New draft guidance on tackling domestic violence has been issued by National Institute for Health and Care Excellence.
Hillary Fisher, from the charity Women's Aid, told Daybreak they will provide social care professionals "an understanding of what domestic violence is".
According to the National Institute for Health and Care Excellence, in England and Wales:
- Almost a third of women and a fifth of men have experienced domestic violence at some point during their lives;
- 1.2 million women and 784,000 men aged between 16 and 59 experienced abuse in 2010/11.
- Women are more likely than men to experience repeated partner abuse.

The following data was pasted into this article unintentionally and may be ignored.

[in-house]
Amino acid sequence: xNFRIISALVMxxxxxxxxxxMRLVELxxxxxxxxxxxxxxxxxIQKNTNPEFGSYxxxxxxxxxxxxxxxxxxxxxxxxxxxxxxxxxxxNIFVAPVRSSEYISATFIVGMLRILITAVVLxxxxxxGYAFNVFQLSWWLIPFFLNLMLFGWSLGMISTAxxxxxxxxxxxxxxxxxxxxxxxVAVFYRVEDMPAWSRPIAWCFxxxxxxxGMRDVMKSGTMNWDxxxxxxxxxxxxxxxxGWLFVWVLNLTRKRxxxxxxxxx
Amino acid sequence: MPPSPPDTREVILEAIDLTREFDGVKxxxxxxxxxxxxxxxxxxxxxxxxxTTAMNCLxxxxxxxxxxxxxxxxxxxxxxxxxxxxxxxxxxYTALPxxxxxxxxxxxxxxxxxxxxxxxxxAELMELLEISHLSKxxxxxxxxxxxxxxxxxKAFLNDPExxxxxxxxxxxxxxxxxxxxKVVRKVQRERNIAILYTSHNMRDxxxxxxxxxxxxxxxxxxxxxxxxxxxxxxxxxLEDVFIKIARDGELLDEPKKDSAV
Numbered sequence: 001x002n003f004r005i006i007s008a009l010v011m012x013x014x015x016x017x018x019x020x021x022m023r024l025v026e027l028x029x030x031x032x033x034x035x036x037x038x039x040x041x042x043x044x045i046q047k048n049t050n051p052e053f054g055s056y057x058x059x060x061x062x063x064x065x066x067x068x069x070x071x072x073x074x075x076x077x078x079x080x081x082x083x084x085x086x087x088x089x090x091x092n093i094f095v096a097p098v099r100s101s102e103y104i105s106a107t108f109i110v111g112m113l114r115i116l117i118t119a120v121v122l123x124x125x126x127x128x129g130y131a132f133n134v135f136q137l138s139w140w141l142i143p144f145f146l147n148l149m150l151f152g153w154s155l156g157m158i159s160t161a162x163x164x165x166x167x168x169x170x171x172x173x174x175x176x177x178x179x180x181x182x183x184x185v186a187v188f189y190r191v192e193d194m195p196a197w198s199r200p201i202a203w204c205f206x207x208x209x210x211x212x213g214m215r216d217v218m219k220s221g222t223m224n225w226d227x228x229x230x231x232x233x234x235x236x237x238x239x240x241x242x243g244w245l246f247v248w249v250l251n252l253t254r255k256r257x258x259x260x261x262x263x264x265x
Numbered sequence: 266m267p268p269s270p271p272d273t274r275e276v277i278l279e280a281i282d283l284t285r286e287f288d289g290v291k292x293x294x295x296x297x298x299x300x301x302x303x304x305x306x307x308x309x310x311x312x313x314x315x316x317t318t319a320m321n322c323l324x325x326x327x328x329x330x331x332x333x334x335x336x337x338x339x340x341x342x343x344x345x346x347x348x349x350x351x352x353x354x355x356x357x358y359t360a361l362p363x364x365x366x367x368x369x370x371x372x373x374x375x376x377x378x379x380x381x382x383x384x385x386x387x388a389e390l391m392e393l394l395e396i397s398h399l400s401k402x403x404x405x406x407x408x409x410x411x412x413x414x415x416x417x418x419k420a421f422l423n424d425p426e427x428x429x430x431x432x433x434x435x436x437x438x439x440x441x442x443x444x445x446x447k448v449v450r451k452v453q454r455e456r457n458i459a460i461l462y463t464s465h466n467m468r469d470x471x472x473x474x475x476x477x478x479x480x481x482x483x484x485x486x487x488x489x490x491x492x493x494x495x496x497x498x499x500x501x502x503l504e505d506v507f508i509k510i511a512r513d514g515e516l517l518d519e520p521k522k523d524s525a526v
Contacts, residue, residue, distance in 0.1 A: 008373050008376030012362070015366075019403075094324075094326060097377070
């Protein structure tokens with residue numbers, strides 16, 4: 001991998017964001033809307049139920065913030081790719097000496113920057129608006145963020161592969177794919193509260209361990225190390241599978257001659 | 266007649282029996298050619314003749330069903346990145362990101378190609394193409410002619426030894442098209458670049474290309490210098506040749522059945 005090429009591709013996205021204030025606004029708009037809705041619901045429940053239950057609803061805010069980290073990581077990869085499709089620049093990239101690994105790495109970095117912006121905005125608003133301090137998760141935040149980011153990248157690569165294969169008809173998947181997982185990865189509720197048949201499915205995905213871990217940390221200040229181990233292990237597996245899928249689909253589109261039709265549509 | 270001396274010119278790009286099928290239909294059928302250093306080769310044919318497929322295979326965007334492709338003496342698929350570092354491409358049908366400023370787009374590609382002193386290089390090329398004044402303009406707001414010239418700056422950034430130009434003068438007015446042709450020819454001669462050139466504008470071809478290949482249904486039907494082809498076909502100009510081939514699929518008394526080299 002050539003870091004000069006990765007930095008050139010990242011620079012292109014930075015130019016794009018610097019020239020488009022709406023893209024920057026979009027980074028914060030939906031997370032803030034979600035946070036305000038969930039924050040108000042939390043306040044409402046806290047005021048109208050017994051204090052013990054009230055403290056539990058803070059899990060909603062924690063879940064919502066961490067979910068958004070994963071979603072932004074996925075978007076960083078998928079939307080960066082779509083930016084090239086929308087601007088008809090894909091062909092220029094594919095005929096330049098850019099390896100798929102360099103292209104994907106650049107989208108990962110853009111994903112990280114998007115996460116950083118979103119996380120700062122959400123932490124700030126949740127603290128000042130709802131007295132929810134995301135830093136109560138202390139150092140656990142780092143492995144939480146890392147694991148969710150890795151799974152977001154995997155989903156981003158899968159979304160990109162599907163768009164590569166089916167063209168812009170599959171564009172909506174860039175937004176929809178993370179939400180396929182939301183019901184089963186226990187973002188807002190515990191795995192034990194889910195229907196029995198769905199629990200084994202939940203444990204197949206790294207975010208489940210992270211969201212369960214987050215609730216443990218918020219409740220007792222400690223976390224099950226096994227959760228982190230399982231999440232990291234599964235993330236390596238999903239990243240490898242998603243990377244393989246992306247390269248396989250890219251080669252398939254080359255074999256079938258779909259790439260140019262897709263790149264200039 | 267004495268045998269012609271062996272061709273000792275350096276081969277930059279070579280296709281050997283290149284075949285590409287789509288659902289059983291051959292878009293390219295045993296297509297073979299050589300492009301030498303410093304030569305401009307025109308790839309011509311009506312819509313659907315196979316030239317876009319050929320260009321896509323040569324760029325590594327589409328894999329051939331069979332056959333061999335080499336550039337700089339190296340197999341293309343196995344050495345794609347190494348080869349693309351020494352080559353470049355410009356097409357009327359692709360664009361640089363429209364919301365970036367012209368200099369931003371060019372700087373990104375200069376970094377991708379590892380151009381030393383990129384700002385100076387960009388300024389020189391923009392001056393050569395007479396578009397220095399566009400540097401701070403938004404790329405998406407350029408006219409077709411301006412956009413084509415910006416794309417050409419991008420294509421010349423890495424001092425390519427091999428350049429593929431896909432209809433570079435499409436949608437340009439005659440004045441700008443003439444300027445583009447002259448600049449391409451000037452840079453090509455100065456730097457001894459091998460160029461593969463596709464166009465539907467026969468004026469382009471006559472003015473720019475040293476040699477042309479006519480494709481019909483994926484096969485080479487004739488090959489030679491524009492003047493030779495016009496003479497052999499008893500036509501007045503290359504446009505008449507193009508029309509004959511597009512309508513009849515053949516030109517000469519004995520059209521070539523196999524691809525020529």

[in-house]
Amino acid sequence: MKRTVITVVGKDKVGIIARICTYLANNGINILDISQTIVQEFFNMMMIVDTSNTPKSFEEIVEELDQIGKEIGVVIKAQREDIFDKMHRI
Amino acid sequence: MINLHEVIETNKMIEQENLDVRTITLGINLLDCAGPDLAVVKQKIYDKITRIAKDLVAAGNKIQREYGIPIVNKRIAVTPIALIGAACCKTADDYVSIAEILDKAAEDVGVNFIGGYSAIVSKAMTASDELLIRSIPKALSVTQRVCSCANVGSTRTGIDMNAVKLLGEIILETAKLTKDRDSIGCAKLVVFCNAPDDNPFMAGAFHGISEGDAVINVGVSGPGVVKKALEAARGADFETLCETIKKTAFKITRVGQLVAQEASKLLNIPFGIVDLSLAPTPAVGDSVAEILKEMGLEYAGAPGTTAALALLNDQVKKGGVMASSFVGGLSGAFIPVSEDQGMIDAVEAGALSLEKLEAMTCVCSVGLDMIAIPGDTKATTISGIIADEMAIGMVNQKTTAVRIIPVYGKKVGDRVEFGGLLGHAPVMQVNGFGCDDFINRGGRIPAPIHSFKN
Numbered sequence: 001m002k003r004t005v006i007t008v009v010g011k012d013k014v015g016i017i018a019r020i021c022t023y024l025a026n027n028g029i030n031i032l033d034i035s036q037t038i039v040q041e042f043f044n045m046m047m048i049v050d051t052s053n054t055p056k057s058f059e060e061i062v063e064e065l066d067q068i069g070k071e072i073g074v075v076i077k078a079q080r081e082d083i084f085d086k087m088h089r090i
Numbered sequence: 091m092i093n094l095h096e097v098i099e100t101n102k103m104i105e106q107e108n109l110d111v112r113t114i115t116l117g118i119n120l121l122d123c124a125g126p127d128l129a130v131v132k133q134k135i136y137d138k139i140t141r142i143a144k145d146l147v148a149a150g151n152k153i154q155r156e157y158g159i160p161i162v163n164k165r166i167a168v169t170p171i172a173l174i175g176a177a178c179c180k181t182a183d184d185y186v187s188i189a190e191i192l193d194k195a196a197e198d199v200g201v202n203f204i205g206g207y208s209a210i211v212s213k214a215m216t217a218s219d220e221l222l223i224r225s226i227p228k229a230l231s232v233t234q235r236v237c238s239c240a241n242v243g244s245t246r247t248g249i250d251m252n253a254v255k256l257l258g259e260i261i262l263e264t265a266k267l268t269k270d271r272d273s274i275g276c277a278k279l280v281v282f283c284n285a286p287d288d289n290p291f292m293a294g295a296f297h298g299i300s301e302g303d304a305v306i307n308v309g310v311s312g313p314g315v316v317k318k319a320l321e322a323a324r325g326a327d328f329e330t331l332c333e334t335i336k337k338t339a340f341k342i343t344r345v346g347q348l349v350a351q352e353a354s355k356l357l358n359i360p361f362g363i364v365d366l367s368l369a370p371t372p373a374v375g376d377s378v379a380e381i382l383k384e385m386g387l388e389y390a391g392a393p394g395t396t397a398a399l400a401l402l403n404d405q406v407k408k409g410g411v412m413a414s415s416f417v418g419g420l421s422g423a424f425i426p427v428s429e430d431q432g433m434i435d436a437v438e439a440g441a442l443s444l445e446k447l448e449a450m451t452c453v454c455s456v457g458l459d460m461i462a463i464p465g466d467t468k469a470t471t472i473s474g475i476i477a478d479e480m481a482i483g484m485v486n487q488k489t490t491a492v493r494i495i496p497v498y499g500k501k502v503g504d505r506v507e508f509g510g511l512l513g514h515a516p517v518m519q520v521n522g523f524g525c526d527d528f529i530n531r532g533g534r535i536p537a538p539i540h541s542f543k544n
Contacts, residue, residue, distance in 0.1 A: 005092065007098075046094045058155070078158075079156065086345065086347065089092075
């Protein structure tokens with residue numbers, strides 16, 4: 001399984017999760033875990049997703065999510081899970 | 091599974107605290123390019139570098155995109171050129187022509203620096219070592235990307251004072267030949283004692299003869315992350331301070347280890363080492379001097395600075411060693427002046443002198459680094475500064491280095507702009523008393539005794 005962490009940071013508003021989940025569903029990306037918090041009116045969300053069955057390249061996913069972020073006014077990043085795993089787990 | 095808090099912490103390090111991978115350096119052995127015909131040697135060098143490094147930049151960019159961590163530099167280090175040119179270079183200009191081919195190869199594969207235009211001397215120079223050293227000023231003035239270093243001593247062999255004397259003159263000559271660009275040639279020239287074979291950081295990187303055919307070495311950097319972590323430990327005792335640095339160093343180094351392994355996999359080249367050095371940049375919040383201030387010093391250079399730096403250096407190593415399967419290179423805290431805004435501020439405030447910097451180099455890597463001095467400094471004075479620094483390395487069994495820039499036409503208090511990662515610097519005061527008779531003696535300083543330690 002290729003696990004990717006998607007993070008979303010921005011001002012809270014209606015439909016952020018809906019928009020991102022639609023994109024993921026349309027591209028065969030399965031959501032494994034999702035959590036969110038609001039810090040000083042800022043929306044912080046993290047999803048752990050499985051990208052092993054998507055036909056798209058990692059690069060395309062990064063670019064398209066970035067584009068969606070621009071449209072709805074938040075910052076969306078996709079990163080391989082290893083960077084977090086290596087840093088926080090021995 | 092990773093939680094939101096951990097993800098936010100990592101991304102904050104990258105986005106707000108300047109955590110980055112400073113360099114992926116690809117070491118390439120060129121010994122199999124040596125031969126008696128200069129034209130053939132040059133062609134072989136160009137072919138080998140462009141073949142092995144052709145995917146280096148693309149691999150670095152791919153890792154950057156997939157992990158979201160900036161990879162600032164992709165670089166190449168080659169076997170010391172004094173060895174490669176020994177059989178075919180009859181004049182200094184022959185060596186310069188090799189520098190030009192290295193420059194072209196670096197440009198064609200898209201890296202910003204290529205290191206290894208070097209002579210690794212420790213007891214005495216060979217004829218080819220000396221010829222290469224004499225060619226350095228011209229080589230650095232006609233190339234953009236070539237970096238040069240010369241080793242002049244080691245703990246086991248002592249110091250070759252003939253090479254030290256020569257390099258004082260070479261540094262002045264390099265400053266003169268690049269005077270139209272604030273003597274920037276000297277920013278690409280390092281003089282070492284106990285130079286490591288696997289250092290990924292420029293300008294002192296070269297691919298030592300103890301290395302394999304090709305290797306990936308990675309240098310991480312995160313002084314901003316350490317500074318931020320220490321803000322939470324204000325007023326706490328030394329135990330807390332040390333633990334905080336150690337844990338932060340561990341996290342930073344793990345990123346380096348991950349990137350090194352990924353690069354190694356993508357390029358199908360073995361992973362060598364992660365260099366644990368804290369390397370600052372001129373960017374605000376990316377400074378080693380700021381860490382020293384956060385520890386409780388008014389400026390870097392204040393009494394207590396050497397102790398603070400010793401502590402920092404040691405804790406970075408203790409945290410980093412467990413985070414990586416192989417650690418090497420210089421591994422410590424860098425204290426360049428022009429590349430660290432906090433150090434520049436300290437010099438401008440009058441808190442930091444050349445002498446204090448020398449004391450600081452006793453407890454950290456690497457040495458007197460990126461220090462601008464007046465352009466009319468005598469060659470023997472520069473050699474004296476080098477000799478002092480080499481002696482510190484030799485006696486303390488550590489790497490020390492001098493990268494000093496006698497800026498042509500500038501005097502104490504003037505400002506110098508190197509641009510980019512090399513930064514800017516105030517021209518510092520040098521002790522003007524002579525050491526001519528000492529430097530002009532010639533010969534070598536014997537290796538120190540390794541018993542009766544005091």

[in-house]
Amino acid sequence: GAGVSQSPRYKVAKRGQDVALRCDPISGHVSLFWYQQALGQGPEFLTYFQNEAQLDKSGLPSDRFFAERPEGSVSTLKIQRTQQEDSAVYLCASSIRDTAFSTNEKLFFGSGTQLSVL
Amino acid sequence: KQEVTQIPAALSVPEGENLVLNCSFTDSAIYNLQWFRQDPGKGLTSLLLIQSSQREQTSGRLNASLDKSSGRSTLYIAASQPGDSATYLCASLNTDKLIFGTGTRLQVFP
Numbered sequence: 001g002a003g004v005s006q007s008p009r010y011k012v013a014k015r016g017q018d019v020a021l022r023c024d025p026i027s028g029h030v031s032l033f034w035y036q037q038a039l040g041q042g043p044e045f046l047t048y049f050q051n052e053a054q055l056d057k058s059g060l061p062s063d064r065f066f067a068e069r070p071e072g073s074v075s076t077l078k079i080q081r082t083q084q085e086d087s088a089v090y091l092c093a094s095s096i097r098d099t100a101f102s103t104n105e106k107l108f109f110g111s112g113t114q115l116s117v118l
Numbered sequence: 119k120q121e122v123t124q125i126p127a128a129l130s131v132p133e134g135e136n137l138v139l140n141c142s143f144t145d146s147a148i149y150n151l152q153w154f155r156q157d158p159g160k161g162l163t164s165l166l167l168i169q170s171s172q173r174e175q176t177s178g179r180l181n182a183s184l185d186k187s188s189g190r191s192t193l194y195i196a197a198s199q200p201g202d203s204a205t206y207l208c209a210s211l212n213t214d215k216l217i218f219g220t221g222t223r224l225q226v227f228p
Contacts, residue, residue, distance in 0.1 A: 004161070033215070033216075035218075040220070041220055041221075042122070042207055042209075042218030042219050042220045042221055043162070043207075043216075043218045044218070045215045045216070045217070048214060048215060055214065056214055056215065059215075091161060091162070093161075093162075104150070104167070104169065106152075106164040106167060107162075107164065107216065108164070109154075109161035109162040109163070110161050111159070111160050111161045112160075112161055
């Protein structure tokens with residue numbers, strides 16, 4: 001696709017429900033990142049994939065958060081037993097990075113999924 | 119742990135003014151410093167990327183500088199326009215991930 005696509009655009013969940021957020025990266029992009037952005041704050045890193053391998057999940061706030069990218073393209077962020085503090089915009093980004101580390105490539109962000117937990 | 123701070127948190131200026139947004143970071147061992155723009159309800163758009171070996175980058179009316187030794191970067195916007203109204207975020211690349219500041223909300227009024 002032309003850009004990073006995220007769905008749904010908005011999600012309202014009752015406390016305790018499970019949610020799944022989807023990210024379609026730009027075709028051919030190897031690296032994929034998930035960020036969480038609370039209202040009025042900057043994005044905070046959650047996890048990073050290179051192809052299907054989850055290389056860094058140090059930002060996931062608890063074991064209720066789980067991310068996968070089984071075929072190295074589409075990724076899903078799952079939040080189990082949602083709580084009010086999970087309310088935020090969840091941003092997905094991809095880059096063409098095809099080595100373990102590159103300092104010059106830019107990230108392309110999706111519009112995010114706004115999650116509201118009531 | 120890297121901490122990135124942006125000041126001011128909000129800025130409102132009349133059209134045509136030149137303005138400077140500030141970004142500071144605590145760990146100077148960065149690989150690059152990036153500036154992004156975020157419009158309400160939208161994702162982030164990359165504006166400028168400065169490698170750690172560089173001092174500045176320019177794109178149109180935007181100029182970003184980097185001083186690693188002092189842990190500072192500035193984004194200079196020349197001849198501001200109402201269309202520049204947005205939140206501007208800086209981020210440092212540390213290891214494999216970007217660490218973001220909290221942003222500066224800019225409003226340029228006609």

- Domestic violence can impact people in a sexual, emotion, financial and physical way.
Advice on honour killings features in guidelines designed to tackle domestic violence, released today by the National Institute for Health and Care Excellence.
The draft recommendations aim to give healthcare workers a clearer idea of how to confront domestic violence.
Healthcare and social workers should be trained to recognise when domestic violence is taking place and ask the right questions, according to new Government recommendations.
Care staff should also identify barriers victims may face when trying to get help and introduce a strategy to get round them, the National Institute for Health and Clinical Excellence (NICE) reported.